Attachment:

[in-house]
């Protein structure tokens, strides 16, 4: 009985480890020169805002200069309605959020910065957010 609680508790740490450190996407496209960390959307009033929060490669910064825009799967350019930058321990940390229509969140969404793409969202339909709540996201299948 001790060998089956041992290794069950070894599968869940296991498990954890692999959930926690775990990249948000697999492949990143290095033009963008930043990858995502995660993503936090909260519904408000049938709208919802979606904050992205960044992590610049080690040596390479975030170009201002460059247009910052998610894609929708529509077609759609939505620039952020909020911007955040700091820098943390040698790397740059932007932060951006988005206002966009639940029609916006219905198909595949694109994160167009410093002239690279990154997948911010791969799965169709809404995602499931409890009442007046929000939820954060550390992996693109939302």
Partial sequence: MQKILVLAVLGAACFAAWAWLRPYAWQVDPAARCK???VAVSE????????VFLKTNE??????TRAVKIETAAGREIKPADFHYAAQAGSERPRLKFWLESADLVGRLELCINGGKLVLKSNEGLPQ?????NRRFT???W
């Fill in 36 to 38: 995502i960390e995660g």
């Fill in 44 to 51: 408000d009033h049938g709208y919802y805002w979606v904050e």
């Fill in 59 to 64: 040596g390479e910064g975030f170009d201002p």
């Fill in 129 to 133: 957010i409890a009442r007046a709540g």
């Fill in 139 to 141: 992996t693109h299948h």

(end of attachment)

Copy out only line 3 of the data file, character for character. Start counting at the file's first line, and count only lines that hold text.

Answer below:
Partial sequence: MQKILVLAVLGAACFAAWAWLRPYAWQVDPAARCK???VAVSE????????VFLKTNE??????TRAVKIETAAGREIKPADFHYAAQAGSERPRLKFWLESADLVGRLELCINGGKLVLKSNEGLPQ?????NRRFT???W